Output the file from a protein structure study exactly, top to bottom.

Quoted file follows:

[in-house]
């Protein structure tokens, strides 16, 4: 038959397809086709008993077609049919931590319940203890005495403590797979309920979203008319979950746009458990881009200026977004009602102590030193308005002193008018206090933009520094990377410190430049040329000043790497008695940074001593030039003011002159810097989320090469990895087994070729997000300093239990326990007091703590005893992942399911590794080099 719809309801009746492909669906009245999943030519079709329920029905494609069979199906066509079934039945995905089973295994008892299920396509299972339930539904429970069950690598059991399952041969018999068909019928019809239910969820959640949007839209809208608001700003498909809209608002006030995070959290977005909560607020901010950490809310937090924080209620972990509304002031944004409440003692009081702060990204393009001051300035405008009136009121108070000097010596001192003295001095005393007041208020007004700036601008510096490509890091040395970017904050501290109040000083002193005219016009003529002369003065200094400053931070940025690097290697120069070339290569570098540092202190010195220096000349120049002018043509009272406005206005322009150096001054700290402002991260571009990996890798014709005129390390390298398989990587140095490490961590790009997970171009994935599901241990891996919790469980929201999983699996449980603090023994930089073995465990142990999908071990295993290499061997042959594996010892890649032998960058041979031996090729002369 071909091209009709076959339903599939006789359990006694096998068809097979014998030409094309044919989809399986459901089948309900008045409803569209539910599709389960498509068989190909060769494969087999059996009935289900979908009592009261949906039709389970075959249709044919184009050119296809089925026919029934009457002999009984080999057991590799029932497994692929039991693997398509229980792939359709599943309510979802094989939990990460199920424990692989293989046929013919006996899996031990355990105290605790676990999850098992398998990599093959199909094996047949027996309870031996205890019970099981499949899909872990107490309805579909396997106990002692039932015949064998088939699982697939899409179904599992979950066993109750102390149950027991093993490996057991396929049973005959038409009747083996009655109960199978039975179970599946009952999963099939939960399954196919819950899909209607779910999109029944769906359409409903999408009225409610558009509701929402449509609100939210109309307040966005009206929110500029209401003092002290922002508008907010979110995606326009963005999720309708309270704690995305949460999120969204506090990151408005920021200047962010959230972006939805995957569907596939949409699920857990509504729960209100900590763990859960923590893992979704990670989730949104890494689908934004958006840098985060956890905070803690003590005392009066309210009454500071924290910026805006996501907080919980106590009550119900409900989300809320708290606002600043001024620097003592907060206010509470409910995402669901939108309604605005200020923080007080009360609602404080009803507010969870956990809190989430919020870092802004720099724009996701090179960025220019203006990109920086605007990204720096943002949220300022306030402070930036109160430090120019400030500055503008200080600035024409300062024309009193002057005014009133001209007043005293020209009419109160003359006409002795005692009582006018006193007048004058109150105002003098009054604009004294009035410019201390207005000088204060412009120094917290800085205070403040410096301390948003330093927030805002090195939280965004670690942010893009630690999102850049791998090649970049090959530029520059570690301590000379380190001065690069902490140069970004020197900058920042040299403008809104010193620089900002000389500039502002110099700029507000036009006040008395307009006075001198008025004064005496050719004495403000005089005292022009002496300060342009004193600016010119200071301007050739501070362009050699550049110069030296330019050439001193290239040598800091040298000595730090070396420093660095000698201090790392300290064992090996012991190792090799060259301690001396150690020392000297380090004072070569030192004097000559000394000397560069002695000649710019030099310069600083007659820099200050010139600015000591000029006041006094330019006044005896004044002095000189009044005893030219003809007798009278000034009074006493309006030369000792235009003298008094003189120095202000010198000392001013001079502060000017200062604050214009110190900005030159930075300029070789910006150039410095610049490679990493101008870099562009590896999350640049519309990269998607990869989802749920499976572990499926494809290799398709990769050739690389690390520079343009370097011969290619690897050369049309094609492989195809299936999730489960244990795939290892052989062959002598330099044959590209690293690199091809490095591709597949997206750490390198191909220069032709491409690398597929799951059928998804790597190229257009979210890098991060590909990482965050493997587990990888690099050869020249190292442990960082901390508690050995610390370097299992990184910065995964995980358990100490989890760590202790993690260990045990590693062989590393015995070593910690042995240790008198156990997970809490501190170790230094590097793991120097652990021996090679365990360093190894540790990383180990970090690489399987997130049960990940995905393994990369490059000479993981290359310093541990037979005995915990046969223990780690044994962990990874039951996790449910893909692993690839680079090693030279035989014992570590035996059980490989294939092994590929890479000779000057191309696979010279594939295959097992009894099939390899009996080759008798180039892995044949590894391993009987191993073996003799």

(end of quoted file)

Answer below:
[in-house]
């Protein structure tokens, strides 16, 4: 038959397809086709008993077609049919931590319940203890005495403590797979309920979203008319979950746009458990881009200026977004009602102590030193308005002193008018206090933009520094990377410190430049040329000043790497008695940074001593030039003011002159810097989320090469990895087994070729997000300093239990326990007091703590005893992942399911590794080099 719809309801009746492909669906009245999943030519079709329920029905494609069979199906066509079934039945995905089973295994008892299920396509299972339930539904429970069950690598059991399952041969018999068909019928019809239910969820959640949007839209809208608001700003498909809209608002006030995070959290977005909560607020901010950490809310937090924080209620972990509304002031944004409440003692009081702060990204393009001051300035405008009136009121108070000097010596001192003295001095005393007041208020007004700036601008510096490509890091040395970017904050501290109040000083002193005219016009003529002369003065200094400053931070940025690097290697120069070339290569570098540092202190010195220096000349120049002018043509009272406005206005322009150096001054700290402002991260571009990996890798014709005129390390390298398989990587140095490490961590790009997970171009994935599901241990891996919790469980929201999983699996449980603090023994930089073995465990142990999908071990295993290499061997042959594996010892890649032998960058041979031996090729002369 071909091209009709076959339903599939006789359990006694096998068809097979014998030409094309044919989809399986459901089948309900008045409803569209539910599709389960498509068989190909060769494969087999059996009935289900979908009592009261949906039709389970075959249709044919184009050119296809089925026919029934009457002999009984080999057991590799029932497994692929039991693997398509229980792939359709599943309510979802094989939990990460199920424990692989293989046929013919006996899996031990355990105290605790676990999850098992398998990599093959199909094996047949027996309870031996205890019970099981499949899909872990107490309805579909396997106990002692039932015949064998088939699982697939899409179904599992979950066993109750102390149950027991093993490996057991396929049973005959038409009747083996009655109960199978039975179970599946009952999963099939939960399954196919819950899909209607779910999109029944769906359409409903999408009225409610558009509701929402449509609100939210109309307040966005009206929110500029209401003092002290922002508008907010979110995606326009963005999720309708309270704690995305949460999120969204506090990151408005920021200047962010959230972006939805995957569907596939949409699920857990509504729960209100900590763990859960923590893992979704990670989730949104890494689908934004958006840098985060956890905070803690003590005392009066309210009454500071924290910026805006996501907080919980106590009550119900409900989300809320708290606002600043001024620097003592907060206010509470409910995402669901939108309604605005200020923080007080009360609602404080009803507010969870956990809190989430919020870092802004720099724009996701090179960025220019203006990109920086605007990204720096943002949220300022306030402070930036109160430090120019400030500055503008200080600035024409300062024309009193002057005014009133001209007043005293020209009419109160003359006409002795005692009582006018006193007048004058109150105002003098009054604009004294009035410019201390207005000088204060412009120094917290800085205070403040410096301390948003330093927030805002090195939280965004670690942010893009630690999102850049791998090649970049090959530029520059570690301590000379380190001065690069902490140069970004020197900058920042040299403008809104010193620089900002000389500039502002110099700029507000036009006040008395307009006075001198008025004064005496050719004495403000005089005292022009002496300060342009004193600016010119200071301007050739501070362009050699550049110069030296330019050439001193290239040598800091040298000595730090070396420093660095000698201090790392300290064992090996012991190792090799060259301690001396150690020392000297380090004072070569030192004097000559000394000397560069002695000649710019030099310069600083007659820099200050010139600015000591000029006041006094330019006044005896004044002095000189009044005893030219003809007798009278000034009074006493309006030369000792235009003298008094003189120095202000010198000392001013001079502060000017200062604050214009110190900005030159930075300029070789910006150039410095610049490679990493101008870099562009590896999350640049519309990269998607990869989802749920499976572990499926494809290799398709990769050739690389690390520079343009370097011969290619690897050369049309094609492989195809299936999730489960244990795939290892052989062959002598330099044959590209690293690199091809490095591709597949997206750490390198191909220069032709491409690398597929799951059928998804790597190229257009979210890098991060590909990482965050493997587990990888690099050869020249190292442990960082901390508690050995610390370097299992990184910065995964995980358990100490989890760590202790993690260990045990590693062989590393015995070593910690042995240790008198156990997970809490501190170790230094590097793991120097652990021996090679365990360093190894540790990383180990970090690489399987997130049960990940995905393994990369490059000479993981290359310093541990037979005995915990046969223990780690044994962990990874039951996790449910893909692993690839680079090693030279035989014992570590035996059980490989294939092994590929890479000779000057191309696979010279594939295959097992009894099939390899009996080759008798180039892995044949590894391993009987191993073996003799």